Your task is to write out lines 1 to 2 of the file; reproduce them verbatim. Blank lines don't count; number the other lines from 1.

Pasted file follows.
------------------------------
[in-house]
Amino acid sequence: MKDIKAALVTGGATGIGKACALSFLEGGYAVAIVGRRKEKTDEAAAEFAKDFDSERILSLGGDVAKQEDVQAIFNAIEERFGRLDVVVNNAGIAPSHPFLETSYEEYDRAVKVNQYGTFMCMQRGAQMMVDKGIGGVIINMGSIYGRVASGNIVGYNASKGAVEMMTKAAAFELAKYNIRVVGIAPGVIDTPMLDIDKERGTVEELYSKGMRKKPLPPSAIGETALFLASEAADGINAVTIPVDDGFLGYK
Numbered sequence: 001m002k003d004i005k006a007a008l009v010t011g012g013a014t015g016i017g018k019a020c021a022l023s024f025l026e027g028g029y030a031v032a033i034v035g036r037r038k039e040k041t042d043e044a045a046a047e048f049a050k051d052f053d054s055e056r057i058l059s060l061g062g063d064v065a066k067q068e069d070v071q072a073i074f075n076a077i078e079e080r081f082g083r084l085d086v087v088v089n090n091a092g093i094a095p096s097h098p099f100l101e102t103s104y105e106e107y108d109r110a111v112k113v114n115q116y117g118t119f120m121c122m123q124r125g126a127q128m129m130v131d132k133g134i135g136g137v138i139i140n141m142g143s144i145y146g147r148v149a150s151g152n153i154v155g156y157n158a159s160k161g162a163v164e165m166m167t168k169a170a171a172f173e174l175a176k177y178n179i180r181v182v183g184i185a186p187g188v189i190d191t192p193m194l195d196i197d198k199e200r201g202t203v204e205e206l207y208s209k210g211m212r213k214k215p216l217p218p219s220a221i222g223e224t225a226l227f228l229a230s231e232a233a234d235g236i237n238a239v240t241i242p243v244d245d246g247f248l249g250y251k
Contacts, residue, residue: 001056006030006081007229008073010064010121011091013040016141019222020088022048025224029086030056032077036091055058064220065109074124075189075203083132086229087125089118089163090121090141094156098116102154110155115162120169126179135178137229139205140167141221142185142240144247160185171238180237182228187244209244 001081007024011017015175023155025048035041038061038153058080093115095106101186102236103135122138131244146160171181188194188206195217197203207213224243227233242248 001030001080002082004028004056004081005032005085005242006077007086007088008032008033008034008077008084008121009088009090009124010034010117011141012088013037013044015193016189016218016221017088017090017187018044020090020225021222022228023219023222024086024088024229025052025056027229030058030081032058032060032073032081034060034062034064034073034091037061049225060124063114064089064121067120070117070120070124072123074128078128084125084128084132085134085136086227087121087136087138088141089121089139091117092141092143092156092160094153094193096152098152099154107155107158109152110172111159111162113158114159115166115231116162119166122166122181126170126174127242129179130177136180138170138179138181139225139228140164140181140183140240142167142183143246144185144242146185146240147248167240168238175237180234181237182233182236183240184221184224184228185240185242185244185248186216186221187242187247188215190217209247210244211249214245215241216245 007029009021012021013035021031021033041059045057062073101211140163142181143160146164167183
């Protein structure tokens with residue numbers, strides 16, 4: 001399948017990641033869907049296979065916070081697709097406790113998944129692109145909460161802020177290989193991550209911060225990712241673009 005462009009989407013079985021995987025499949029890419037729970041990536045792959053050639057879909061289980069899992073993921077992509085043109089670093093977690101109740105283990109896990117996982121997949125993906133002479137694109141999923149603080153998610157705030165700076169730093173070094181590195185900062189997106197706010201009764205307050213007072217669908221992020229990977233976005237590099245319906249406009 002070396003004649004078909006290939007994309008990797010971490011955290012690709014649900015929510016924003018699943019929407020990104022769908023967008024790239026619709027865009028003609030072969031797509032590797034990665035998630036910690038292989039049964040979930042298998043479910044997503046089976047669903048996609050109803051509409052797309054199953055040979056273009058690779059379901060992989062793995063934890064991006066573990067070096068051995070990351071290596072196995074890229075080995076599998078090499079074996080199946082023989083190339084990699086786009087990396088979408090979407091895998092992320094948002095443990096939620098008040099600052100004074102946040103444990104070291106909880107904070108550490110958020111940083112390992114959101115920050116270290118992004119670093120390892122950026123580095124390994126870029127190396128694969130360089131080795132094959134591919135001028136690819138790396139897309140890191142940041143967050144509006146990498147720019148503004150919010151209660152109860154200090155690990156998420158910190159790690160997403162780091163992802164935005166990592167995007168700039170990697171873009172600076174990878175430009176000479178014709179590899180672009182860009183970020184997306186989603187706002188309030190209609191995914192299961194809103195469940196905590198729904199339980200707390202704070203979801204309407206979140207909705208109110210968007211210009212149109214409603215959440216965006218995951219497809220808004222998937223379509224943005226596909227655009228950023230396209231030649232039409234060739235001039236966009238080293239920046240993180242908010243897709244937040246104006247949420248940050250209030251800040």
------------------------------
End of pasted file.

[in-house]
Amino acid sequence: MKDIKAALVTGGATGIGKACALSFLEGGYAVAIVGRRKEKTDEAAAEFAKDFDSERILSLGGDVAKQEDVQAIFNAIEERFGRLDVVVNNAGIAPSHPFLETSYEEYDRAVKVNQYGTFMCMQRGAQMMVDKGIGGVIINMGSIYGRVASGNIVGYNASKGAVEMMTKAAAFELAKYNIRVVGIAPGVIDTPMLDIDKERGTVEELYSKGMRKKPLPPSAIGETALFLASEAADGINAVTIPVDDGFLGYK